- Podcasting has evolved as a multibillion-dollar industry, with ad income in the United States alone likely to reach $2 billion this year – a sum that is predicted to more than quadruple by 2024.
- However, Snipd intends to give listeners greater detailed control over what content shows in their highlights feed in the future, including the ability to filter out snippets from podcasts to which they have not directly listened.
- Given the popularity of podcasts among drivers, Snipd recently added support for Apple’s CarPlay, allowing users to produce podcast highlights while driving.
Podcasting has grown into a multibillion-dollar industry, with ad income in the United States alone estimated to reach $2 billion this year – a sum that is predicted to treble by 2024. In this context, major players in the field are beefing up their podcasting arsenal, with Spotify recently paying around $85 million for two companies specialising in podcast measurement and analytics, and Acast recently paying $27 million for Podchaser, a “IMDb for podcasts” that provides advertisers with deeper data insights.
However, while the large platforms compete for podcasting riches, smaller firms continue to emerge with their own ideas on how to grow the podcast medium for producers and viewers alike.
Snipd, a Swiss company, is developing a podcast app that utilises AI to transcribe material and sync with note-taking applications, automatically produce book-style “chapters,” and, as of this week, provide audio highlights in a TikTok-style customised feed.
Beyond search and subscribe
With Snipd`s latest launch, which is available on Android and iOS this week, the company is channeling its inner TikTok by presenting users with a highlights reel, of sorts, automatically pulling out what it believes to be the most memorable moments from numerous podcasts. This means that the episode feed is not based purely on users` podcast subscriptions, as it also pulls in content that Snipd thinks they will be interested in based on their chosen subjects, among other “signals.”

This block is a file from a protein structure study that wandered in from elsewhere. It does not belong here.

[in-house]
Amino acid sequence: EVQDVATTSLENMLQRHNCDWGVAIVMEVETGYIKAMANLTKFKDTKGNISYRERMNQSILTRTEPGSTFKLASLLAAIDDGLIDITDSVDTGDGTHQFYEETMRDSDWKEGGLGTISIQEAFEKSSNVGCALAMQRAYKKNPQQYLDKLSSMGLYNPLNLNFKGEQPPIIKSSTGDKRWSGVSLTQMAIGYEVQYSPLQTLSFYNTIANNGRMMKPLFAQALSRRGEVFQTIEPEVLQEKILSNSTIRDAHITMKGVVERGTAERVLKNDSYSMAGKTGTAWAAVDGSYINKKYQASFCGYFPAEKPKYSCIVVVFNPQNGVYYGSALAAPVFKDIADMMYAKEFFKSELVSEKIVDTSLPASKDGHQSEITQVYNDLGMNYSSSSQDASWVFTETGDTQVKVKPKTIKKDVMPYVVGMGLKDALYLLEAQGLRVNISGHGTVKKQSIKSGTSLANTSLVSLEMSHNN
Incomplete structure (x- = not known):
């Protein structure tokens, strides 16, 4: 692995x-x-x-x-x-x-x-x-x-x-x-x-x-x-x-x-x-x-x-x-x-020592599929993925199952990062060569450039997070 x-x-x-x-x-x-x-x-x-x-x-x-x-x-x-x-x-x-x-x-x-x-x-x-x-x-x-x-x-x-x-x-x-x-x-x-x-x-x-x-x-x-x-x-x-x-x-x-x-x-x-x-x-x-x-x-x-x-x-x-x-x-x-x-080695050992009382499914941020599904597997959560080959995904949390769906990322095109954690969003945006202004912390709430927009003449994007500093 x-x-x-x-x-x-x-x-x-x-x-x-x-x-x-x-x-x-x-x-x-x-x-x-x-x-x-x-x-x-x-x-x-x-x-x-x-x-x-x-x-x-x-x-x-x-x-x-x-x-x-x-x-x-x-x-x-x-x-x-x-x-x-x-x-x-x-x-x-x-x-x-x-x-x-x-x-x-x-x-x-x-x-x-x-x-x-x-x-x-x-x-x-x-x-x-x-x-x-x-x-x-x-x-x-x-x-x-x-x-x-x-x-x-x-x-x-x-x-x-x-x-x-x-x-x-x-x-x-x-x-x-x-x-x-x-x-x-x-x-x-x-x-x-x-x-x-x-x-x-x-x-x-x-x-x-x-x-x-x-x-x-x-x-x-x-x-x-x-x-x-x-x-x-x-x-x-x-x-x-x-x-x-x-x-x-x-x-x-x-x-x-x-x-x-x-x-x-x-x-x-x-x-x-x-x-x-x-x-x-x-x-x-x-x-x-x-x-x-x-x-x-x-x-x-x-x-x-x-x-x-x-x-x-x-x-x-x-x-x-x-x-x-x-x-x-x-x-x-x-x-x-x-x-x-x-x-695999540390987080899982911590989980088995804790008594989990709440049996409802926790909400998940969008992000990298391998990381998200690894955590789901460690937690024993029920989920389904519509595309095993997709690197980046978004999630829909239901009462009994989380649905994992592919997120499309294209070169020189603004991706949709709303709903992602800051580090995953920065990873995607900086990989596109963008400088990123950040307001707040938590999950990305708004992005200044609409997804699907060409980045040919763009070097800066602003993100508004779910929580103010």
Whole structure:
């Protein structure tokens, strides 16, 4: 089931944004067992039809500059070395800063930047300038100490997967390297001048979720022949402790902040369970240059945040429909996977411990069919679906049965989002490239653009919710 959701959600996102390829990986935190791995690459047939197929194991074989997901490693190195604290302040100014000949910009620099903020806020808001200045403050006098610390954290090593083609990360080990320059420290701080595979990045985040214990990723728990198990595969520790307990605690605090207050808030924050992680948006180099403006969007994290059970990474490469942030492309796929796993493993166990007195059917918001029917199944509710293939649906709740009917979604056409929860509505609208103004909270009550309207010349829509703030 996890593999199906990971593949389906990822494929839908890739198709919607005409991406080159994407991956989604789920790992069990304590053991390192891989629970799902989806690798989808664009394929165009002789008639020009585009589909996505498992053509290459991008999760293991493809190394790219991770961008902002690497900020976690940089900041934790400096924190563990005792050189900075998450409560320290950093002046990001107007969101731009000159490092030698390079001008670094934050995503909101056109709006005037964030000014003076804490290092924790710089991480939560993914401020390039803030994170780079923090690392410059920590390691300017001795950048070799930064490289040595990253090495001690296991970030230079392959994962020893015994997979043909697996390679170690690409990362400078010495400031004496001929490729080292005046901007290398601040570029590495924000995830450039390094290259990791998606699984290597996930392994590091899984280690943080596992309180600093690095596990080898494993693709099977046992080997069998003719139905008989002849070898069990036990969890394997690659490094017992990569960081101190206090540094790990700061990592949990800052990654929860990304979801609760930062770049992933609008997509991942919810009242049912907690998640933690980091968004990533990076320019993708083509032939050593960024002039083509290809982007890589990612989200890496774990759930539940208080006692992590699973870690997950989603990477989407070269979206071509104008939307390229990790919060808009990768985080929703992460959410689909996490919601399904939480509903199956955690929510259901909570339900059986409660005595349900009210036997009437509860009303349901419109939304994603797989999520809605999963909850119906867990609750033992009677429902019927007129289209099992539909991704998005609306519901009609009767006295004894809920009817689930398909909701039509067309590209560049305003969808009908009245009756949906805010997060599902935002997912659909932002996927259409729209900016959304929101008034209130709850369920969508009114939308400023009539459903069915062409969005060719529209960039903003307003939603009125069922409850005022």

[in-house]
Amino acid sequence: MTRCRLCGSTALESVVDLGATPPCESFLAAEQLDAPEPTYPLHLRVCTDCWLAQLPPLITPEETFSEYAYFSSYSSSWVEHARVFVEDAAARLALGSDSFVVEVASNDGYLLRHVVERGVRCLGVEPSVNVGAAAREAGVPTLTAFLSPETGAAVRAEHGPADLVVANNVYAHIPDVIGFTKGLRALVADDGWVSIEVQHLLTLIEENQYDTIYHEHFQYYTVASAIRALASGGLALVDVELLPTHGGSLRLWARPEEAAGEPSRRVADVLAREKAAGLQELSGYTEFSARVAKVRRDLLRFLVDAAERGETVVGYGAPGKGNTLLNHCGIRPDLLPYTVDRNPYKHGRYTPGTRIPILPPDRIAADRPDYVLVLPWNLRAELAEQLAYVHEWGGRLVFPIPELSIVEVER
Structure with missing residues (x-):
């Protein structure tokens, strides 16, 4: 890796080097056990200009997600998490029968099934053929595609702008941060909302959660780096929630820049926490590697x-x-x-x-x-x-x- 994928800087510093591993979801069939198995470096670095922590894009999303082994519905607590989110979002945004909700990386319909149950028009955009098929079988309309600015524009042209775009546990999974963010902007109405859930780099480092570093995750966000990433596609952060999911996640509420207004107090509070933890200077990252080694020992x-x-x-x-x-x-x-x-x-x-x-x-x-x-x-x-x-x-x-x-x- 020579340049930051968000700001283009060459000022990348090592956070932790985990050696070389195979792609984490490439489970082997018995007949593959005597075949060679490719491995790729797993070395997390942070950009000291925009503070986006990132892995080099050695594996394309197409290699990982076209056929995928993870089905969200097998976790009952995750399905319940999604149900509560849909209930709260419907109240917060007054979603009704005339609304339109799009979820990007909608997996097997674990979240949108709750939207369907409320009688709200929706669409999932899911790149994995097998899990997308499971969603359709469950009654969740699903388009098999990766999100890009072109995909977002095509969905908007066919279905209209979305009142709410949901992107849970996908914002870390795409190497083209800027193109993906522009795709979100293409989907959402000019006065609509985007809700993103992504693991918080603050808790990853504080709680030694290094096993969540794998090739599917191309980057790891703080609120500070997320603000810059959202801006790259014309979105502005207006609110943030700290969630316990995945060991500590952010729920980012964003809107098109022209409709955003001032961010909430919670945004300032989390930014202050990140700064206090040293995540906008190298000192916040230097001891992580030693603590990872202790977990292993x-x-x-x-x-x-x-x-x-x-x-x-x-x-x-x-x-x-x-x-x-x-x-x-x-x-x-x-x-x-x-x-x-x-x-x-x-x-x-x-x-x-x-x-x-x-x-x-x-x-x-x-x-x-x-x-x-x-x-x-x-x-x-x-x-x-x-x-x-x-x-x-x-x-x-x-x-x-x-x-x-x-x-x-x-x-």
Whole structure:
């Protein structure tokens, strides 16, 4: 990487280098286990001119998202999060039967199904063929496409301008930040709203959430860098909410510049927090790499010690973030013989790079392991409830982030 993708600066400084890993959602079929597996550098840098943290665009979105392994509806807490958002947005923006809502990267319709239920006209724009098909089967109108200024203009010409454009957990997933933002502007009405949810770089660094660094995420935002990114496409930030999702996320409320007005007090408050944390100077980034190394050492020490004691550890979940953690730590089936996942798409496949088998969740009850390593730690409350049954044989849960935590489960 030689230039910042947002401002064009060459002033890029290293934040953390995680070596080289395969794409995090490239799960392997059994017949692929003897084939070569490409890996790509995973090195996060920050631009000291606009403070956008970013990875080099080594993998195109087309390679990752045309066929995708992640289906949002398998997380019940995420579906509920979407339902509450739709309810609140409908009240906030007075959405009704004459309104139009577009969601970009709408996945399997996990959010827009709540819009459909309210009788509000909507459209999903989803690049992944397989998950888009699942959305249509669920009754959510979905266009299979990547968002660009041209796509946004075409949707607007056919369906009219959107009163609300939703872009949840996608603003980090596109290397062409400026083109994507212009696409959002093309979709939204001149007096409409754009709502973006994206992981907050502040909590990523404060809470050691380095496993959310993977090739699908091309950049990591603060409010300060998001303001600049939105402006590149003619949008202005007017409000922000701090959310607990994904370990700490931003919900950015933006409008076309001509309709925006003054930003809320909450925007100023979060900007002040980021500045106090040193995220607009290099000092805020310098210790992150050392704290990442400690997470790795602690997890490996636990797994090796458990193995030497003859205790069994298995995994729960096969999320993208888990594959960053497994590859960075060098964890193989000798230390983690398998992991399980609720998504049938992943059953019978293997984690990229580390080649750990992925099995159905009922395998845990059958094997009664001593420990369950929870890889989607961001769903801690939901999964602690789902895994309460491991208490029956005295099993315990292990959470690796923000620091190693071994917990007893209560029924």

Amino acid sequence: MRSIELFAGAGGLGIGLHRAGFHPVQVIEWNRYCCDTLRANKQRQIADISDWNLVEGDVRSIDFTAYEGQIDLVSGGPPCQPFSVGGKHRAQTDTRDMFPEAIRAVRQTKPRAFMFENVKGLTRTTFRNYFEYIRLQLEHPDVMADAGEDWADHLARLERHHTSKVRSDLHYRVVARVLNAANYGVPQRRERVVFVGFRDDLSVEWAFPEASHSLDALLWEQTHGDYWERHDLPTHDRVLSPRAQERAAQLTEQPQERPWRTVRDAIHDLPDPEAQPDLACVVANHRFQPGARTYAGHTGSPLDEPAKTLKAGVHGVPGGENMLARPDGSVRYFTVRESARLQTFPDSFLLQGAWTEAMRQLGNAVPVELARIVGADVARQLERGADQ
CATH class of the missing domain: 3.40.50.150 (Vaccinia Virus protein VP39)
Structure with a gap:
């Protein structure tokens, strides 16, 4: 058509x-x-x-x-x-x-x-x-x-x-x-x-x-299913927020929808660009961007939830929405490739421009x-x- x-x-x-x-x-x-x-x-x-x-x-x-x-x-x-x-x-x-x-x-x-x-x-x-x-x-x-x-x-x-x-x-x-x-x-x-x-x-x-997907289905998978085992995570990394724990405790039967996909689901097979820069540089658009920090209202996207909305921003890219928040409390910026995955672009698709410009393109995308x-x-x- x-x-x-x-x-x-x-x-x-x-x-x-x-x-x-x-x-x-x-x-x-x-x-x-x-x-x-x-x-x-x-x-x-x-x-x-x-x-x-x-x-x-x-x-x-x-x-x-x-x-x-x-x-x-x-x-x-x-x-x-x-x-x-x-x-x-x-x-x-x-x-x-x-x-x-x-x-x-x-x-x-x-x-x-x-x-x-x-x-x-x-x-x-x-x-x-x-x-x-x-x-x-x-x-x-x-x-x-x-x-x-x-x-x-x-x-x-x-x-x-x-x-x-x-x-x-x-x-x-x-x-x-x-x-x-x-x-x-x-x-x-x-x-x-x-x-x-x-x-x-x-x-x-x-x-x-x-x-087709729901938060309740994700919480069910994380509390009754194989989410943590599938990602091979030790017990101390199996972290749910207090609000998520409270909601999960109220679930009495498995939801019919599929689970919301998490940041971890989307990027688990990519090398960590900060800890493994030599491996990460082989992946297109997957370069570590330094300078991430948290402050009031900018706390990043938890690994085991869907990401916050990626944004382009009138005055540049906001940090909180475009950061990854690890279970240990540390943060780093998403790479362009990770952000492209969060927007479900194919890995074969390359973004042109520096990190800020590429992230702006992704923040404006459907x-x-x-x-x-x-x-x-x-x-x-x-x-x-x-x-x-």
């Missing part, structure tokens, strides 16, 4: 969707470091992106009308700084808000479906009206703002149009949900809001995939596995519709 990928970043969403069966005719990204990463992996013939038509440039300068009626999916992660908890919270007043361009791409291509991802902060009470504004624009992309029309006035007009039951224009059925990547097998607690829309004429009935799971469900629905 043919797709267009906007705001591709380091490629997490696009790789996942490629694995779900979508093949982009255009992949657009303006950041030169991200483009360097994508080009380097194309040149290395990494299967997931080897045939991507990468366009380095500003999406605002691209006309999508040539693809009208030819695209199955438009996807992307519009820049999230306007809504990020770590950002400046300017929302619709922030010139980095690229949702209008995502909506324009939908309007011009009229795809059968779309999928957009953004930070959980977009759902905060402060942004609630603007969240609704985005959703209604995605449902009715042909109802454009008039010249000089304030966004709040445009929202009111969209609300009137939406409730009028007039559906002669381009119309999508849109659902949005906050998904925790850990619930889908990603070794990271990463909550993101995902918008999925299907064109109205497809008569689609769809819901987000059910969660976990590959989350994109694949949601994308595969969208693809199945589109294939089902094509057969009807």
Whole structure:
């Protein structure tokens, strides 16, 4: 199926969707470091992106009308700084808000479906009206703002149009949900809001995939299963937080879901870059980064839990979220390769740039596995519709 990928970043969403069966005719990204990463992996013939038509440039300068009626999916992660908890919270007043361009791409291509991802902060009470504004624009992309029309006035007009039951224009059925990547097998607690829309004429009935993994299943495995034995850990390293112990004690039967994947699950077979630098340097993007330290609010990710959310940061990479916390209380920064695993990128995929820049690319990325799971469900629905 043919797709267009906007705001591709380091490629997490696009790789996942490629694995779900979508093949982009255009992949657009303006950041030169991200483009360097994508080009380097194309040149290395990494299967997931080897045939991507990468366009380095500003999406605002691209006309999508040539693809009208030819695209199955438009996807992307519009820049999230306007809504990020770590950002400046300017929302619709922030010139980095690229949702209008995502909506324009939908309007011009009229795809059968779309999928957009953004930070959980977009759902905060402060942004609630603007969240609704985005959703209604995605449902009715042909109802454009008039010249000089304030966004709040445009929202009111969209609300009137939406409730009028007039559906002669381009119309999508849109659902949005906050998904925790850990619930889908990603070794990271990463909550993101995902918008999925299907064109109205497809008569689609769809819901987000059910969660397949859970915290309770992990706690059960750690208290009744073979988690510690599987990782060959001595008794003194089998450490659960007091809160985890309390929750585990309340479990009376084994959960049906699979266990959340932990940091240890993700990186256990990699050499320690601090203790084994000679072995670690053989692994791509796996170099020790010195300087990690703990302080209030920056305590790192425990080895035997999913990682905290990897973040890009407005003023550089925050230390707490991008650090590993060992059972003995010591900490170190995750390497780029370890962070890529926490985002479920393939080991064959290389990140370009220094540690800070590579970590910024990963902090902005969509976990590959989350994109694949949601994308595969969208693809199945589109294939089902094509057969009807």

“The goal of the algorithm is to present the user with content they are interested in — for this, we use various signals,” Snipd co-founder Kevin Smith explained. But there are many other important signals such as what the user has listened to, highlighted, and saved, or what is currently trending among other users.”
While this might be construed as a positive move by those looking for help finding new and useful podcasts, it could irk users who only want to see content that they have specifically subscribed to. But Snipd eventually plans to give listeners more granular controls over what content appears in their highlights feed, including the ability to filter out clips from podcasts that they haven`t specifically subscribed to.
AI at work
According to Smith, it`s all about how users have interacted with episodes historically — it analyzes which type of content garners the most interest, and then feeds this data back into its AI-training mechanism.
“Our AI learns by analysing the content of old episodes, and comparing which parts of those episodes were highlighted the most by our users and which parts were not,” Smith said. Our AI has learned to use the actual content of the conversation to identify these parts, and can recommend them in new episodes.”